Why Lucille Ball Was More Revolutionary Than You Think

04/26/2015 11:36 am ET | Updated Apr 27, 2015
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You probably love Lucy.

Since "I Love Lucy" premiered in 1951, star Lucille Ball has been one of America's most worshipped performers. Long after the show went off the air, new generations continue to discover her hilarity in syndicated "I Love Lucy" episodes.

But while most know Ball paved the way for future women in comedy, they may not understand the exact magnitude of her influence on Hollywood. More than 60 years after "I Love Lucy" began, the ramifications of Ball's groundbreaking strides are still hugely present in the television industry.

To commemorate the star on the anniversary of her death on April 26, 1989, The Huffington Post compiled some of the ways Ball revolutionized American entertainment.

1. "I Love Lucy" broke barriers with its depiction of pregnancy
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Though "I Love Lucy" was not the very first TV show to feature a pregnancy, it was an early one, and broke barriers with the huge success of the storyline. In fact, the episode in which Lucy gives birth to Little Ricky aired the day before President Eisenhower's inauguration, and drew substantially more viewers than his swearing-in.

Though the American public was obviously ready for the pregnancy arc, it still existed in a time of very different moral standards for television. Lucy's character was pregnant, but the show couldn't actually say the word "pregnant" because, according to site The A.V. Club, "CBS deemed [it] too vulgar." Executives reportedly called for a priest, minister and rabbi to approve the scripts before they gave permission for the storyline to air.

2. Lucille Ball was not only a TV star. She had major power behind the scenes
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It's no secret that Ball was one of the first comic female leads on television. But the weight of her power in the industry may be lost on current viewers. Ball not only starred in "I Love Lucy," but co-owned its production company, Desilu, with her husband Desi Arnaz. The company -- which produced other hits during Ball and Arnaz's co-ownership, including "The Ann Sothern Show" and "The Untouchables" -- laid the groundwork for the invention of syndication, and was a catalyst for moving American television production from New York to LA.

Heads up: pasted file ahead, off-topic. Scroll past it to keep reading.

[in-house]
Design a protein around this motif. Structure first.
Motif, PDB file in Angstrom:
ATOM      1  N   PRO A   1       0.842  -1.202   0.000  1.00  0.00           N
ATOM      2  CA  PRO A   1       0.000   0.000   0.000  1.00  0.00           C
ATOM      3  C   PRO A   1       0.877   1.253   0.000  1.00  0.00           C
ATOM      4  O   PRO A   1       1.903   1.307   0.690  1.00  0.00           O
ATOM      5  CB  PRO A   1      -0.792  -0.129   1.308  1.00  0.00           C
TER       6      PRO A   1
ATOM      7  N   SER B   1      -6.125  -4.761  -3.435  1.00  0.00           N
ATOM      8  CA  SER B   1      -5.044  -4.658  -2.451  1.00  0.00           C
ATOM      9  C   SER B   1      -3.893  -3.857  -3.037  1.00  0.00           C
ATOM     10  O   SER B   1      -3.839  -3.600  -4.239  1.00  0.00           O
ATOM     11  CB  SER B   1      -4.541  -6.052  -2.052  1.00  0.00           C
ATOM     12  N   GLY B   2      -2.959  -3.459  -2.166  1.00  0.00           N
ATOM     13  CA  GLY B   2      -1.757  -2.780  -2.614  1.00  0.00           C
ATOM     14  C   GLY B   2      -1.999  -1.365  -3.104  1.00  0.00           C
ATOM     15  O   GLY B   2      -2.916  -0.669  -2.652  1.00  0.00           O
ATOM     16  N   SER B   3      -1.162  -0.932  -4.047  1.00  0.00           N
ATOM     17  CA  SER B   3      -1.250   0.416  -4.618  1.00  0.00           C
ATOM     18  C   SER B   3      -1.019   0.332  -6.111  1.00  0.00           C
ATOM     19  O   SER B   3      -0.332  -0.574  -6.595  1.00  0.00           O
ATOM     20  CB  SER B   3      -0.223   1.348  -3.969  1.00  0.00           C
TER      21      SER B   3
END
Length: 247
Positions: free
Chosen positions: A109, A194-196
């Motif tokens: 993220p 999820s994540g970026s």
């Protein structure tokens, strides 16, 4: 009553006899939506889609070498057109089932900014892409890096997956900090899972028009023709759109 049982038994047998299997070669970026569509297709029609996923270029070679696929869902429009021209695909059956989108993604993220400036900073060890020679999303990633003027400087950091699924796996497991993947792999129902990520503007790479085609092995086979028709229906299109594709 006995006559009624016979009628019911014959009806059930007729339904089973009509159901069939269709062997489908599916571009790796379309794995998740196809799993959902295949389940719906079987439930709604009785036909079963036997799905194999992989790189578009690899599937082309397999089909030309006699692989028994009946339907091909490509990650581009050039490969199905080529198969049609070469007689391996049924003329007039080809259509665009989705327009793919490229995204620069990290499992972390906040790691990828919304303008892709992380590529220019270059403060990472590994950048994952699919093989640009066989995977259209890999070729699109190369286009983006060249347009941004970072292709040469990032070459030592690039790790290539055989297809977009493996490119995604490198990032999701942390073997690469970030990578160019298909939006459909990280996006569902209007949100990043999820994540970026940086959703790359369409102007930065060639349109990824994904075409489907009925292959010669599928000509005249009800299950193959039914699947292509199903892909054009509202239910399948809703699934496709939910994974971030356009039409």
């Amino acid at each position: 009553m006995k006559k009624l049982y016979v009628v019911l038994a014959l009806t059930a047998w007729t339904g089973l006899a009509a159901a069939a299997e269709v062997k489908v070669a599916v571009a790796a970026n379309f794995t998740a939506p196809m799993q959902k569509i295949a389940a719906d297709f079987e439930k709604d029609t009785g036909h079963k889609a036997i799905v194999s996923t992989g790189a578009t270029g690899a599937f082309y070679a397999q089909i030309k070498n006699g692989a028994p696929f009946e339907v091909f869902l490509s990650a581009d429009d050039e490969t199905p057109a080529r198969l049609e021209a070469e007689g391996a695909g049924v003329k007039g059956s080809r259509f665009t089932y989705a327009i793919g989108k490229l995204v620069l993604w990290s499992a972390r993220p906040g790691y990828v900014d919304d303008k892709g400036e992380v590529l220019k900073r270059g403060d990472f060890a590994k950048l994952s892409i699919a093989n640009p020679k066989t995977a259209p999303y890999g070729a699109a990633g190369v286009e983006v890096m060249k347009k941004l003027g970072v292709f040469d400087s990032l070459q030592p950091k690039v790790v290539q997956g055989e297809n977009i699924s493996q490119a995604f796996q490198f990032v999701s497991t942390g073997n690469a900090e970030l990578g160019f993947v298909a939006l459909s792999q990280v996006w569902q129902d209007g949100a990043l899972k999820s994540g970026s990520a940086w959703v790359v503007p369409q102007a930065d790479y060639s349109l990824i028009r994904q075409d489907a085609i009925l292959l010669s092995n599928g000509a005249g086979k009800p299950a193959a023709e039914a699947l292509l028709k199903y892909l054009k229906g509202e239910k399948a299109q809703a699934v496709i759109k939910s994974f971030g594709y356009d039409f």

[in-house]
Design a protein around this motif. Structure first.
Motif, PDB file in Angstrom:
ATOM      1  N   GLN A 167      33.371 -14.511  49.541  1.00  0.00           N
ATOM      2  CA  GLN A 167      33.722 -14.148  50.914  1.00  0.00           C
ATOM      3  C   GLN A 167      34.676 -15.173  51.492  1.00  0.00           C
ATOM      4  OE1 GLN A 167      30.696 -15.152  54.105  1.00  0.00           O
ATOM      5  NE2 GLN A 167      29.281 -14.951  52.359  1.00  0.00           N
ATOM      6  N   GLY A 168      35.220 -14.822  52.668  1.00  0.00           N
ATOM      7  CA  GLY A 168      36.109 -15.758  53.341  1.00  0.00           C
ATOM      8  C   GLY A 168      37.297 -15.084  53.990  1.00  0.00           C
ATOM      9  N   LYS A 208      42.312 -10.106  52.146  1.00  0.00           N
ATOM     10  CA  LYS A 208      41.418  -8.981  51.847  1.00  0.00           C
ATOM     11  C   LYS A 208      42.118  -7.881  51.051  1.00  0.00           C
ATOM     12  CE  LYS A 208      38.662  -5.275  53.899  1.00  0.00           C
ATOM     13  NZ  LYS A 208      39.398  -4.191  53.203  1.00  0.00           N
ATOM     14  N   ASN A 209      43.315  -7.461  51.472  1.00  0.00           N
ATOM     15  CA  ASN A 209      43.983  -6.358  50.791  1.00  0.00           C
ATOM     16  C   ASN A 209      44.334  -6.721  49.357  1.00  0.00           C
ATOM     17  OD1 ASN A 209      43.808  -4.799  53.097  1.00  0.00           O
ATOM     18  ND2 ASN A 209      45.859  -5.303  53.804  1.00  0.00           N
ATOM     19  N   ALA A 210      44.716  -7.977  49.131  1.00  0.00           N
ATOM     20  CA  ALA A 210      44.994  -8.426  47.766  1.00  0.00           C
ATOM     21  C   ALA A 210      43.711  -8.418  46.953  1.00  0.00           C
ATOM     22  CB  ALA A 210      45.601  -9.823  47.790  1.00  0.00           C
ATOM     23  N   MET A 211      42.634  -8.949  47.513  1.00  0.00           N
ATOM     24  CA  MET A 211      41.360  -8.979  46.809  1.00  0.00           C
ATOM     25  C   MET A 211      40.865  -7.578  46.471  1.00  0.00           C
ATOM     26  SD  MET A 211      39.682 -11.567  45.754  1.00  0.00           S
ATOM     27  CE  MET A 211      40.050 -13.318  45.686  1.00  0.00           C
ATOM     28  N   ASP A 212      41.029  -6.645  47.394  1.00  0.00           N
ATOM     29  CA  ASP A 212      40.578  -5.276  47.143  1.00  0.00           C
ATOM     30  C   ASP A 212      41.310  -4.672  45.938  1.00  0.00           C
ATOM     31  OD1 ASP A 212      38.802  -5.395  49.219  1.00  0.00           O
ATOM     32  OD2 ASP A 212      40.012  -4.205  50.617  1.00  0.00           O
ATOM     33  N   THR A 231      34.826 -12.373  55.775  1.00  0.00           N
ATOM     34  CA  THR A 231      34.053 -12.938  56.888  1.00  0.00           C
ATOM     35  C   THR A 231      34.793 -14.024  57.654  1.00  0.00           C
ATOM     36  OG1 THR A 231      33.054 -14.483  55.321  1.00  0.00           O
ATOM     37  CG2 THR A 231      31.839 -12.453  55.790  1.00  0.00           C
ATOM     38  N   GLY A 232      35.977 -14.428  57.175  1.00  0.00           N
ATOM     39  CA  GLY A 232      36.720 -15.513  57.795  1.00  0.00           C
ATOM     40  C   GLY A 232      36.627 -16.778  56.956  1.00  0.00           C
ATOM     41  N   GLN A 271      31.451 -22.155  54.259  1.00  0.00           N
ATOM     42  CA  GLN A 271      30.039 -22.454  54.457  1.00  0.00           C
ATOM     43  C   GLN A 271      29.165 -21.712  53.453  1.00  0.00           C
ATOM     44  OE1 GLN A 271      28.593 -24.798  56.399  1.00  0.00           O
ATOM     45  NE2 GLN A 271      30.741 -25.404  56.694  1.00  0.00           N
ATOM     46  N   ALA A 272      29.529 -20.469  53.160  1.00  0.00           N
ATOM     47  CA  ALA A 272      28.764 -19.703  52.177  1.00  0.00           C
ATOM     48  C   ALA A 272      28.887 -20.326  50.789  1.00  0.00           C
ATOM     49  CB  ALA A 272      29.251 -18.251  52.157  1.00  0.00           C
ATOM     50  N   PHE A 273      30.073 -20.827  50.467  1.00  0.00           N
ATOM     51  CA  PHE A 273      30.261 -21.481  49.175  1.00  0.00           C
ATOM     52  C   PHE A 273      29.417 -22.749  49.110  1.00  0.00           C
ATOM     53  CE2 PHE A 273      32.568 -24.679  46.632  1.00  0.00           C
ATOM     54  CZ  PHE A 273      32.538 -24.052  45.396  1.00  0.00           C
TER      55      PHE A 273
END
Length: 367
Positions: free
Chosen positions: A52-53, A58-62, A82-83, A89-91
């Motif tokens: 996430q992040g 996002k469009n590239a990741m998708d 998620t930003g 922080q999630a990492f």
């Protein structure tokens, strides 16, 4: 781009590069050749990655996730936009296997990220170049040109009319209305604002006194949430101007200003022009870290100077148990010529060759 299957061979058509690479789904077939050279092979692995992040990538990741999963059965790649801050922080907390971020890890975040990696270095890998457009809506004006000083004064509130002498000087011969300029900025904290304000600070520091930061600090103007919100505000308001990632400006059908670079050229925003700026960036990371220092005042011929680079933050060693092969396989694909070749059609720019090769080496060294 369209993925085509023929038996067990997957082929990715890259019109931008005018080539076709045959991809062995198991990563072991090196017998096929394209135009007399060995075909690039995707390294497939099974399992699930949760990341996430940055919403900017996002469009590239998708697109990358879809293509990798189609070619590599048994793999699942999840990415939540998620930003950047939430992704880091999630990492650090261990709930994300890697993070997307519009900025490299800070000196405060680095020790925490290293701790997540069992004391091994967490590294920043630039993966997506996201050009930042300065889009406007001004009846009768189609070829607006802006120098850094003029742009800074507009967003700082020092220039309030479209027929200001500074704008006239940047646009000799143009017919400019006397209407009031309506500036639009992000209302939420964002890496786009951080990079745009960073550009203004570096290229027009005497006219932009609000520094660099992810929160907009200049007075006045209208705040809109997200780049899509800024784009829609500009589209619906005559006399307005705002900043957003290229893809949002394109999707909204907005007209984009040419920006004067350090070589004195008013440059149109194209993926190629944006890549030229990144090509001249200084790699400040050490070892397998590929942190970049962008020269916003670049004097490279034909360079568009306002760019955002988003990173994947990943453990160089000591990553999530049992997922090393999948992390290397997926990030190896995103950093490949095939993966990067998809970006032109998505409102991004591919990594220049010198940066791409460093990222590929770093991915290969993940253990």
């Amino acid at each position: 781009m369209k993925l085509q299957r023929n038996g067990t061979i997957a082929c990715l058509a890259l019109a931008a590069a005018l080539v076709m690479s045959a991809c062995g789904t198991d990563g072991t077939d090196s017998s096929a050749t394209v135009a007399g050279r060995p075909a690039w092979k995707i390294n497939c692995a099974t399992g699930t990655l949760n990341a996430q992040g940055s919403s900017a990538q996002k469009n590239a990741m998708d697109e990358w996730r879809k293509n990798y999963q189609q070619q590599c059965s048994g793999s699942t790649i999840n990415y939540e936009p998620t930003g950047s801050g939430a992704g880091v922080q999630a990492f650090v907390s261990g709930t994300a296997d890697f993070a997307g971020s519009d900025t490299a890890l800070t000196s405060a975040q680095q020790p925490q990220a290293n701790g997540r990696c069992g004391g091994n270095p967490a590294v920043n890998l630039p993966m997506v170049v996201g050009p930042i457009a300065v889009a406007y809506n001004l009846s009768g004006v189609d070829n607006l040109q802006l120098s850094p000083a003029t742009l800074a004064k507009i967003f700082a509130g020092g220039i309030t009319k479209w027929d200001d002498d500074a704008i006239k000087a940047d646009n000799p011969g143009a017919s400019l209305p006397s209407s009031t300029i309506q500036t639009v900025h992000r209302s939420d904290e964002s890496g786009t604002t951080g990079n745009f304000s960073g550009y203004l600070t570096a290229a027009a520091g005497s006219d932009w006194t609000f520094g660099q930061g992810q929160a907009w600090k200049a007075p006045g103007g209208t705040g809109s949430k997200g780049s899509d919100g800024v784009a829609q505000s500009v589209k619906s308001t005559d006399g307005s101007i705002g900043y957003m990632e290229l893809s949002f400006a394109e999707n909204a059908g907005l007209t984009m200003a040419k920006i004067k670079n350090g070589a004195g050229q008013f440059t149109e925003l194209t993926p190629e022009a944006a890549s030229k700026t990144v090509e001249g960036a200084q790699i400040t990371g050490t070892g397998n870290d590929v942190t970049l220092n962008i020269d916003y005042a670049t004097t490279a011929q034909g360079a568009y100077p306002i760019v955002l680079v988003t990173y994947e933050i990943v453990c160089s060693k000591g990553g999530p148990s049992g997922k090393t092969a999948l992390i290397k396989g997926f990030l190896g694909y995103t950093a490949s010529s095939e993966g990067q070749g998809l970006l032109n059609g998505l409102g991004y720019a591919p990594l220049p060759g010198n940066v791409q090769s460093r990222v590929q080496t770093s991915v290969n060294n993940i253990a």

Other indicators of Ball's iconic status? She appeared on the first-ever cover of TV Guide in 1953 and "I Love Lucy" finished its series run at No. 1 in the Nielsen ratings.

3. Lucille Ball was the first woman to run her own production company
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After the "I Love Lucy" era of Desilu, and the divorce of Ball and Arnaz, Ball ended up buying Arnaz out of the company. With this move, she became the first female head of a major production company. While Ball was at the helm, the company produced hits like "Star Trek" and "Mission Impossible."

4. Ethel and Lucy's female friendship was way ahead of its time
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Though we now live in a "Broad City" era, it was only in recent history that television began to increase its representation of realistic female friendships. But on "I Love Lucy," Ethel and Lucy were constantly getting up to their own adventures, without falling into Hollywood's ugliest tropes about women friend pairs. As Rookie magazine writes:

But even though it was sometimes Lucy and Ethel versus the world (or just Ricky and Fred), they always cooperated with each other. They were around the same age, from similar economic backgrounds, and were both happily married. Their relationship existed on an essentially even playing field, so stereotypical female competitiveness plots -- over men or status -- never entered the picture. Whether they were snooping, spying, scheming, or going on wild adventures, their relationship was a source of constant mutual support. (In that respect, Lucy and Ethel’s escapades often passed the Bechdel Test before it even existed.)

5. Lucille Ball had to fight the network to portray Lucy and Ricky's multiethnic marriage
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While Lucy and Ricky's relationship on "I Love Lucy," played by the then-real life couple Ball and Arnaz, is arguably the most important relationship in the show, Ball had to fight the network to get Arnaz the role of her husband.

"CBS and its sponsor, Philip Morris cigarettes, were adamantly opposed to this," Kathleen Brady, author of Lucille: The Life of Lucille Ball, told NPR. "They said that the American public would not accept Desi as the husband of a red-blooded American girl."

According to Brady, Ball told CBS she wouldn't do the show without Arnaz, and they eventually gave in.

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It feels inevitable that "Lucy" will remain an integral part of the American TV landscape. Hopefully, the depth of Ball's contributions to the medium can also be a part of that legacy.

All still images Getty unless otherwise noted.

CLARIFICATION: A previous version of this article referred to Ball and Arnaz's relationship as "interracial." More accurately their relationship is "multiethnic," inasmuch as "Hispanic" is not a racial category, according to the U.S. Census.

Happy 100th Birthday to Lucille Ball.
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